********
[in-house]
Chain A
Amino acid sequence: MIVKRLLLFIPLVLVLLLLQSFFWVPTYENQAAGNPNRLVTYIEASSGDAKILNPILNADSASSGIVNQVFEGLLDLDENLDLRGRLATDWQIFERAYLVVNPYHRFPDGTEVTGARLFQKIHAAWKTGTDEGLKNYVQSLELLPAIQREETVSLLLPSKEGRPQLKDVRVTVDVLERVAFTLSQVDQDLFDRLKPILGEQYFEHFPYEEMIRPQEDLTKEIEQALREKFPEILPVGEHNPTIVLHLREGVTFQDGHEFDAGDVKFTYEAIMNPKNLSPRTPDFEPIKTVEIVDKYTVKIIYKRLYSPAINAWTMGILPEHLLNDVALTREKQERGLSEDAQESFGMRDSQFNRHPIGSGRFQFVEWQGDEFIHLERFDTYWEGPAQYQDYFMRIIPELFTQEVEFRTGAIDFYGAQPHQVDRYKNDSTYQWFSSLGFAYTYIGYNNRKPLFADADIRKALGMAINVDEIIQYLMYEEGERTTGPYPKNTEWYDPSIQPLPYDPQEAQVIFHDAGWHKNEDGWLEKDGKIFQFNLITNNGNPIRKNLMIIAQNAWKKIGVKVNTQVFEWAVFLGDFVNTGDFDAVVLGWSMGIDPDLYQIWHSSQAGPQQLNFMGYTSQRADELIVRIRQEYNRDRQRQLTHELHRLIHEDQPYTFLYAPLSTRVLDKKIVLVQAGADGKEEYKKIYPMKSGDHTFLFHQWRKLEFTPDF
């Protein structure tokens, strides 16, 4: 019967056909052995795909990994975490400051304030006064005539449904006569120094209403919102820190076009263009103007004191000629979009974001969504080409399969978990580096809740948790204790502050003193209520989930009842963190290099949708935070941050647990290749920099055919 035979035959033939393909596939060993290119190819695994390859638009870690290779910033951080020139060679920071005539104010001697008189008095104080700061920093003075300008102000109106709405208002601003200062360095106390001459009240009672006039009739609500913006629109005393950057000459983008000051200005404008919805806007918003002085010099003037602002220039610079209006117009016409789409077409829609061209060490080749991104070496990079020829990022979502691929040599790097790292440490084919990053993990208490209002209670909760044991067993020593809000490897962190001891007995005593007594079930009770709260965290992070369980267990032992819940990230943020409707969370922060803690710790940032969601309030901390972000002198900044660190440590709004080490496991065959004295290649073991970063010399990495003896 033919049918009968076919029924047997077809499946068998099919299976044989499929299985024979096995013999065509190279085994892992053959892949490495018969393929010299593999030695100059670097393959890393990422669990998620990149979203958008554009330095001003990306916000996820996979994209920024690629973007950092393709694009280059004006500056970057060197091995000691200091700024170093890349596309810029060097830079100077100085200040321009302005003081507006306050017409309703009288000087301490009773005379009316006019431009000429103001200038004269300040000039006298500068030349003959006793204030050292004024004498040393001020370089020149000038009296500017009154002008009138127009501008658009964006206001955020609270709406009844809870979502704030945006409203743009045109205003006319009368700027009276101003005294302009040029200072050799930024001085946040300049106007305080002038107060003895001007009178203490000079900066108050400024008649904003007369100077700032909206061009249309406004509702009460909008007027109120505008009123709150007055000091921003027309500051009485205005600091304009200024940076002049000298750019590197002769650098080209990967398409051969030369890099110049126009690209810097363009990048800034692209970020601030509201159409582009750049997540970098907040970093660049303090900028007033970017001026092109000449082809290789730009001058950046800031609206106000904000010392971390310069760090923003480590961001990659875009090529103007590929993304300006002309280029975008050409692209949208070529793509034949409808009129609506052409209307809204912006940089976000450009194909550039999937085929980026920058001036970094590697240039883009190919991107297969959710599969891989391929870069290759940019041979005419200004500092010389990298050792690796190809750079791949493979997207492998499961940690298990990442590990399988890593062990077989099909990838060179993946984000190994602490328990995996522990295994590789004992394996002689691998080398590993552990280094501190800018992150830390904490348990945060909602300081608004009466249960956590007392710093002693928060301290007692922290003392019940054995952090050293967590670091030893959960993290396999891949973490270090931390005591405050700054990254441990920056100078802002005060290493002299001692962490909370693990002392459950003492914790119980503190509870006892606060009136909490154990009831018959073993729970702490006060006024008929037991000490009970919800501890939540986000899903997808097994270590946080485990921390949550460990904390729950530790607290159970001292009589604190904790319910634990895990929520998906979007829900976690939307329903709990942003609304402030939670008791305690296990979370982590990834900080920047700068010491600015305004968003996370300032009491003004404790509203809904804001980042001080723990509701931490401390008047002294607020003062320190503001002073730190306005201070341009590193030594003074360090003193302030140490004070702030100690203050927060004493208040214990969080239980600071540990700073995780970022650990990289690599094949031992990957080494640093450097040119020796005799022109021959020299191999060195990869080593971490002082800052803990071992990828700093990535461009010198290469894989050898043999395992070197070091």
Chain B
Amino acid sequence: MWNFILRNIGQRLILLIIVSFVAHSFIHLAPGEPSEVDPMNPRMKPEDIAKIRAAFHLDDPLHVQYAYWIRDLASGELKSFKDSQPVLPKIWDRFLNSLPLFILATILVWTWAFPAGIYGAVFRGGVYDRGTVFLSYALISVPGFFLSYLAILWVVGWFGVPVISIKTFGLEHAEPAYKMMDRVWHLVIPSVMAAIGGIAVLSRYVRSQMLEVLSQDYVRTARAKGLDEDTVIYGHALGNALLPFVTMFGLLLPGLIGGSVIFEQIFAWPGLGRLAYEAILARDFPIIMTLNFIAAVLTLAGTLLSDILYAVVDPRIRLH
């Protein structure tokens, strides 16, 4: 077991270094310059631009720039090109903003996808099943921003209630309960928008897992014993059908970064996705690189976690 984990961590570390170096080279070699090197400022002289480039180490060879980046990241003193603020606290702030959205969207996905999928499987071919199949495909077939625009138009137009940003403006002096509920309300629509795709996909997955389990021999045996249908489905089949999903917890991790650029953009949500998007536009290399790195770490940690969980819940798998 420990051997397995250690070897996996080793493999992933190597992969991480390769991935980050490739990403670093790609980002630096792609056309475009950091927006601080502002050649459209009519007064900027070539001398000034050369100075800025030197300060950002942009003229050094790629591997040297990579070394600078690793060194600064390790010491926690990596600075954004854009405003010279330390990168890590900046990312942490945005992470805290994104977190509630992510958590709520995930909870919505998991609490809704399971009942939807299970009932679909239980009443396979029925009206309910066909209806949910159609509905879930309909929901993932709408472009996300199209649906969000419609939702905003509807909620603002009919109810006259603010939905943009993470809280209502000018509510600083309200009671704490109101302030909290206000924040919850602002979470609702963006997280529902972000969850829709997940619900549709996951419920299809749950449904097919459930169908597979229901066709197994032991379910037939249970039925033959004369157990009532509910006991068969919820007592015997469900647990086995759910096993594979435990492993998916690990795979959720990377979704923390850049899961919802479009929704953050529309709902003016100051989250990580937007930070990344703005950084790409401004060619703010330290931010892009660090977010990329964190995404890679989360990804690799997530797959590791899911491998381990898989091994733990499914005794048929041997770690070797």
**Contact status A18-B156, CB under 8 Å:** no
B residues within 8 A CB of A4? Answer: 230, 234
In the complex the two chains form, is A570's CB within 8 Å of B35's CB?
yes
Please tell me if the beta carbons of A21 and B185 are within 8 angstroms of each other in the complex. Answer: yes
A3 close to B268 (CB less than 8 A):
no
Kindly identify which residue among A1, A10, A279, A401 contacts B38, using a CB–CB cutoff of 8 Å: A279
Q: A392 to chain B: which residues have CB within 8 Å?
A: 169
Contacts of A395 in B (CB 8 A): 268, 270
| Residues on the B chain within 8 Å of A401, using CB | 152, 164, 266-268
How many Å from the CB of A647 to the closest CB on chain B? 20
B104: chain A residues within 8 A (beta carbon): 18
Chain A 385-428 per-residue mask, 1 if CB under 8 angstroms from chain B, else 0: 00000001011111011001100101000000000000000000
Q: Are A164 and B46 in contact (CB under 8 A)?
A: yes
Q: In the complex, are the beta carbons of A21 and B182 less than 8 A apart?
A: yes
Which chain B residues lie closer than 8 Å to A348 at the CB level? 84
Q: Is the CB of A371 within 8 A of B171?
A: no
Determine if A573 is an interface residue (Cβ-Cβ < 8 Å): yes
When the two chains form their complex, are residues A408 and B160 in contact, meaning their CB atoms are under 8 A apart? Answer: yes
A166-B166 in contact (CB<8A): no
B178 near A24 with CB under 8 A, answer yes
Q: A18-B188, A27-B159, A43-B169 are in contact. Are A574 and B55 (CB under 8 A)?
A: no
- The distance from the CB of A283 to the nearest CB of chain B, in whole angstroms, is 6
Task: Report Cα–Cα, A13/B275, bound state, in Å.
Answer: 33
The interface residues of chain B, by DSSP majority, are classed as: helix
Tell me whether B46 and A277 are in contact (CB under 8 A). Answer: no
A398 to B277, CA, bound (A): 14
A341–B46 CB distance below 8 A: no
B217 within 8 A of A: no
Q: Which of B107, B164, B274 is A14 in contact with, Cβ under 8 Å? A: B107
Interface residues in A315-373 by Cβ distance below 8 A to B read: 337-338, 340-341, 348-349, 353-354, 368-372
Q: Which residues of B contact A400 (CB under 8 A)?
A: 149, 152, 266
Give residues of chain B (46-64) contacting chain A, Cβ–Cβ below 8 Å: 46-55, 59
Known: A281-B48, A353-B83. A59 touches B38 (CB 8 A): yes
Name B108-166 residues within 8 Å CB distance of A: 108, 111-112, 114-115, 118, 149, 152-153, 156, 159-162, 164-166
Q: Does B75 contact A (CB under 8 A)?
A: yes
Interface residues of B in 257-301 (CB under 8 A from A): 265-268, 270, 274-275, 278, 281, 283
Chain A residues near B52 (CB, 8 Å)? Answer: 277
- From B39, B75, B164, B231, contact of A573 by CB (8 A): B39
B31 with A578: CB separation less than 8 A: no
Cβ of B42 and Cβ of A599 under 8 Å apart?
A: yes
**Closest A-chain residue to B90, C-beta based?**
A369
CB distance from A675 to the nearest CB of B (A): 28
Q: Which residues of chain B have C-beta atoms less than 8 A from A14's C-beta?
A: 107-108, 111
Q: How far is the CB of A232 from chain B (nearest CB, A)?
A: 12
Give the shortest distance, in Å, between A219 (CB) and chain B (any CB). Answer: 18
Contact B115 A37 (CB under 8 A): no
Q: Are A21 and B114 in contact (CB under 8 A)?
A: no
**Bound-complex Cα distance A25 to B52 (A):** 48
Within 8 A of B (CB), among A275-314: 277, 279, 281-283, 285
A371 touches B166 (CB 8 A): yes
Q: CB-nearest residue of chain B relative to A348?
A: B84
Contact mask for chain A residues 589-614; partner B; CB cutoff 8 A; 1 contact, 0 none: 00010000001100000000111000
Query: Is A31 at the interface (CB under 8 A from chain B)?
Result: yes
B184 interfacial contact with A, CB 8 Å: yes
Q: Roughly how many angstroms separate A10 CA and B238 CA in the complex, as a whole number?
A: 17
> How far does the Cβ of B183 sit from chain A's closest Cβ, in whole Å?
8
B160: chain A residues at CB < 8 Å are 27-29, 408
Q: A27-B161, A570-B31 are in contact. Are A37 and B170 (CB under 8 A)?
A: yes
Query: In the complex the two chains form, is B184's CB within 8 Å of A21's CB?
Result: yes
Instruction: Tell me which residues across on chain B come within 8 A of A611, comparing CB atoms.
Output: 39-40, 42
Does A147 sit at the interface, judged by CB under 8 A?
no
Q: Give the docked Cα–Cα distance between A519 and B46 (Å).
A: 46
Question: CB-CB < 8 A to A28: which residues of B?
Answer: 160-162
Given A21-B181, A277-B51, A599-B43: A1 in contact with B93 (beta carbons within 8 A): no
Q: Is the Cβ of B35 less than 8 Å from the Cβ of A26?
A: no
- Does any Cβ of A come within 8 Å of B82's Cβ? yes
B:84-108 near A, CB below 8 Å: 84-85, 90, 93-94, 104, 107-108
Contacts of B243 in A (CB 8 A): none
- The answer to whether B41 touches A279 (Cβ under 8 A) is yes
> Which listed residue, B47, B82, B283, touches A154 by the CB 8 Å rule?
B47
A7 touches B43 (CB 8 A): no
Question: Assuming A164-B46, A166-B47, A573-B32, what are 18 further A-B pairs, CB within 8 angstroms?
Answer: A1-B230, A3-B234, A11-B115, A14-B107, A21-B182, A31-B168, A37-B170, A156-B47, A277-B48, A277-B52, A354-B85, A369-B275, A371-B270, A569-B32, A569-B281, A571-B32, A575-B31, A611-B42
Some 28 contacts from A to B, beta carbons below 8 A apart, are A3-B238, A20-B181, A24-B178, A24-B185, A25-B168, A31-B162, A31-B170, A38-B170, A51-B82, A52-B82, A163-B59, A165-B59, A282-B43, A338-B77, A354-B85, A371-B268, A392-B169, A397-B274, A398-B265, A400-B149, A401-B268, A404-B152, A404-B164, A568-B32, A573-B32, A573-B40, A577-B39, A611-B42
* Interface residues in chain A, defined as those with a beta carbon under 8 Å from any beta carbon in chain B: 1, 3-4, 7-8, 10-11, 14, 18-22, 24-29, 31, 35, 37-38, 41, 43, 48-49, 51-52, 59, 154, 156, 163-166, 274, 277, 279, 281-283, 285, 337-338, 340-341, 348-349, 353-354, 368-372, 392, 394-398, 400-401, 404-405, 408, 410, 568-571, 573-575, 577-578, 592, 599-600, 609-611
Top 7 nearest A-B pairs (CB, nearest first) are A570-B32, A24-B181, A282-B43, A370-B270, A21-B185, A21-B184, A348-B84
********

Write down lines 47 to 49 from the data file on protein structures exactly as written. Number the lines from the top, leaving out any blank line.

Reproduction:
A: 149, 152, 266
Give residues of chain B (46-64) contacting chain A, Cβ–Cβ below 8 Å: 46-55, 59
Known: A281-B48, A353-B83. A59 touches B38 (CB 8 A): yes